A study about equity, published in 2018 in the journal Annals of Global Health by researchers from Kenya, Canada, Tanzania, and South Africa, analyzed the results of 125 international partnerships signed by four universities from East Africa. Forty-two percent of the experiences were considered of little value, the majority due to having a short duration, limited scale, and little impact on local training and capacity building. One in every four partnerships was considered as high value. One of the cases mentioned started in 1988 and was created by leaders from the schools of medicine at the University of Indiana, USA, and Moi University in Kenya, and involves studies about global health and the training of professionals until today. More than 1,000 doctors from Indiana have done internships in Kenya, while 400 Kenyans have supplemented their training in US institutions.

Funding is reflected in the power relations in scientific collaborations.

The concern with inequality is not exclusive to African countries. In Brazil, FAPESP requires that partnerships with foreign institutions are led by one researcher from São Paulo and one from abroad, with equal conditions. Last year, the Wellcome Trust, from the UK, launched their Diversity, Equity, and Inclusion Strategy, aligning itself with a consortium of scientific companies and institutions called the Edis Group, whose targets include “increasing the diversity of people involved in the research cycle” and expanding inclusion to “combat the inequalities in health and improve the quality of research.” The London School of Hygiene & Tropical Medicine is reevaluating its global partnerships. An independent review conducted last year cited unfair practices and even racism directed at students and collaborators. Patricia Henley, head of research governance and integrity at the institute, told the journal Nature that the school is discussing new parameters for relationships with poor nations. She criticizes the funders from developed nations imposing that their researchers lead the collaborations. “Why does everything need to be so focused on institutes from the North?” questioned Henley.

Besides the ethical dilemmas involved, inequality can compromise the quality of research. The Cape Town Declaration on Research Integrity, to be published at the end of the year based on discussions developed in two major plenary sessions at the conference, will propose that the understanding of scientists from low- and middle-income countries about local culture is essential for properly analyzing data collected in their territories. The document will also defend that unfair practices in collaborations are matters of integrity and define principles and values to promote the joint construction of research agendas, as well as fairer forms of funding production, analysis, and data management.

James Lavery, a bioethics specialist at Emory University in Atlanta, USA, who helped create the reference document for the declaration, told the journal Science that the debate about integrity has been slow to look at the issue of equity. “For a long time, the space was dominated by the US regulatory approach,” he said, referring to the focus on plagiarism, fraud, and ethics in experiments with human beings. Sonia Vasconcelos, Brazilian researcher from the Leopoldo de Meis Institute for Medical Biochemistry of the Federal University of Rio de Janeiro (UFRJ), who cochaired the fourth edition of the conference held in 2015 in Rio de Janeiro, has witnessed the evolution of this debate. She remembers that in the first conference, held in 2007 in Lisbon, the scientific community was still not very supportive and was trying to understand the implications of the growth in the number and size of ethical deviation cases. “There was a concern mostly in terms of understanding the size of the problem and how it was distributed throughout the various countries and areas of knowledge, and also of developing a transparent system that would adequately address misconduct cases, in order to avoid confidence in science being badly affected,” she recalls. There was greater emphasis on the responsibilities of individuals and the research environment—influenced by growing pressure for productivity in highly competitive scenarios.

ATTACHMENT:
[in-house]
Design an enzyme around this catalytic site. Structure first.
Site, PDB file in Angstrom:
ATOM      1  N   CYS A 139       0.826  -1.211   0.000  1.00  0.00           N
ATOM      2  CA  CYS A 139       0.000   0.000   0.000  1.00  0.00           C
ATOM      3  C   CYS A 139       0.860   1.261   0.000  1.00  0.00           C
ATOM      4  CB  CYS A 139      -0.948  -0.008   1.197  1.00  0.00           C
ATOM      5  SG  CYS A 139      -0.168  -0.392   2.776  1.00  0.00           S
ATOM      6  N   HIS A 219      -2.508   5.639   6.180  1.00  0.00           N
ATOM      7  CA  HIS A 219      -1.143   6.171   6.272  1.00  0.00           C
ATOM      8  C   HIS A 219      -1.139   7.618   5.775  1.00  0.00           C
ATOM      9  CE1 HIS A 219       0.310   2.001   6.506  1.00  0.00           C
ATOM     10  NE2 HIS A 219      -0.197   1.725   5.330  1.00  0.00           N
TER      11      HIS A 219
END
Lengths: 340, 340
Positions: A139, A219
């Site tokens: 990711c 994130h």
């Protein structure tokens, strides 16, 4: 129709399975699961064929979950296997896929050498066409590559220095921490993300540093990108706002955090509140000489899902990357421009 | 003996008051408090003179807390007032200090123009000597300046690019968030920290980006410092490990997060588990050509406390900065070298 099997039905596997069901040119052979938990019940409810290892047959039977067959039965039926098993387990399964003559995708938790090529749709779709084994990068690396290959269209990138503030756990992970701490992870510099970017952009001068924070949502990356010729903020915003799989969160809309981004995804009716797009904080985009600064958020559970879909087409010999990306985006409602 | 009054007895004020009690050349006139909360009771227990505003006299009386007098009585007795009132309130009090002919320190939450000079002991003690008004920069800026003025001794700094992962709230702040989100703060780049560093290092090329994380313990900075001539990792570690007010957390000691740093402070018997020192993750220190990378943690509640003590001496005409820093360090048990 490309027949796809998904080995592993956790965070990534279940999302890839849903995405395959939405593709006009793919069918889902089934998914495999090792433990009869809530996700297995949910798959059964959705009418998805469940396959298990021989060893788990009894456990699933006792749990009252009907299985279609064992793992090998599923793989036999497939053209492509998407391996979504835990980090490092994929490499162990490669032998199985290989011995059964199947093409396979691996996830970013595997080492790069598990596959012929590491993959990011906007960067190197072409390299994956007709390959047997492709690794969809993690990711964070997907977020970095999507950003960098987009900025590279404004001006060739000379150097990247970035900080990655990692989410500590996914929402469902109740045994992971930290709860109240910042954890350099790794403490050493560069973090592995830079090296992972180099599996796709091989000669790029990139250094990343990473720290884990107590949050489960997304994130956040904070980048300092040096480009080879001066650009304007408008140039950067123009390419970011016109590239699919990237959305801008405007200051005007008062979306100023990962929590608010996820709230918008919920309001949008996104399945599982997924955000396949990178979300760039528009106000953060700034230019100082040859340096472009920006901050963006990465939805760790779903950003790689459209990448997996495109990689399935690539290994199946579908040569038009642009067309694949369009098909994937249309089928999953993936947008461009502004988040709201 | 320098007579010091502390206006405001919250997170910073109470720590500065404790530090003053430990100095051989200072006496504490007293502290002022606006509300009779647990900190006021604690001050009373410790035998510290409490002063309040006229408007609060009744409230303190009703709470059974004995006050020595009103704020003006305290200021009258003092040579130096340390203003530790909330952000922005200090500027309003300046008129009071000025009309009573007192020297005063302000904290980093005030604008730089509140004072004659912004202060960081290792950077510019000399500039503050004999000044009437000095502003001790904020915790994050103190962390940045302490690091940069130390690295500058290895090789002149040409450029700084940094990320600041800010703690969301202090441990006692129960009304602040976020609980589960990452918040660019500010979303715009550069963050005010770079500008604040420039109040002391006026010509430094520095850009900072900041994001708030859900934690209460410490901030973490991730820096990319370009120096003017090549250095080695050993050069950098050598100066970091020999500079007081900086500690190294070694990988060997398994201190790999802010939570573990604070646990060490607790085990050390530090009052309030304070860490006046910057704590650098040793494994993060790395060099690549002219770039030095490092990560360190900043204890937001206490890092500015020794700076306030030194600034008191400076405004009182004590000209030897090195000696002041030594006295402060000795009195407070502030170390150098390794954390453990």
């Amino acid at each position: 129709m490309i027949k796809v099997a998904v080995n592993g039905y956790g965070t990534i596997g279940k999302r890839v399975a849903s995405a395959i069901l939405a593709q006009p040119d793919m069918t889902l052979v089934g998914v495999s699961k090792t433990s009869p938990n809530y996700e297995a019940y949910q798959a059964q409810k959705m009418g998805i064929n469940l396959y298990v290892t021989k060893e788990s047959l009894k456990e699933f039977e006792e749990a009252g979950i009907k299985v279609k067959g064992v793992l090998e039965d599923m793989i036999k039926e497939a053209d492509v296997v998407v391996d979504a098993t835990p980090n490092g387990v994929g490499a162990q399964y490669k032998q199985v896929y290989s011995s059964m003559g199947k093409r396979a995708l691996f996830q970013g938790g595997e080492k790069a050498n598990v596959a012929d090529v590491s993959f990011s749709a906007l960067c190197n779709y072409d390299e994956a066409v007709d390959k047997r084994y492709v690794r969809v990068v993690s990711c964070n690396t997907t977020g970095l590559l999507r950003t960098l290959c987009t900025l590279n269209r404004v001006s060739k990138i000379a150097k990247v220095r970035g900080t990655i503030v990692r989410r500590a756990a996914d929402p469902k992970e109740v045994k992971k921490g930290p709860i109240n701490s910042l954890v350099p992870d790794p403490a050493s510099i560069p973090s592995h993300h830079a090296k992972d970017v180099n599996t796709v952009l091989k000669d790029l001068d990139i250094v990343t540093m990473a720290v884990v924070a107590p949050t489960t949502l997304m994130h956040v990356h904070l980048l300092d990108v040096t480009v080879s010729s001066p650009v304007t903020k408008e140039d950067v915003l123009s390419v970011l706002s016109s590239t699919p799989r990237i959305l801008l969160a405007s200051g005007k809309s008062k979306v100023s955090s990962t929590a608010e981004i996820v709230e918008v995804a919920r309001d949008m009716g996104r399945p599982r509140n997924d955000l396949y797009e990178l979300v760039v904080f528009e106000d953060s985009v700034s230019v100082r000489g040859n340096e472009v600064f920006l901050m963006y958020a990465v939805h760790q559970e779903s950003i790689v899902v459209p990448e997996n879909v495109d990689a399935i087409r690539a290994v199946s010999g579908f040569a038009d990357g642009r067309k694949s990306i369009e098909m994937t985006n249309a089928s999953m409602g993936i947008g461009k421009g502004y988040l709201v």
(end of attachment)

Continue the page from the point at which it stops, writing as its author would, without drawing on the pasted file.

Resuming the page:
The next meeting, held in 2010 in Singapore, produced a clear and articulated declaration, despite still being extremely concerned about individual behaviors. “At that time, research integrity principles were proposed that would be shared among communities of different countries, as well as responsibilities, pointing out how universities, funding agencies, and scientific societies should respond to allegations of misconduct and other practices considered irresponsible.” Vasconcelos notes that in 2013, in Montreal, Canada, the conference drew attention to ethical conflicts in collaborative research networks, for example, those related to unequal access to resources and equipment and to the existence of different notions of intellectual property protection. In Rio de Janeiro, in 2015, there was an advance in terms of discussing the importance of the role of education and training programs in order to promote an institutional culture of integrity (see Pesquisa FAPESP issue nº 233).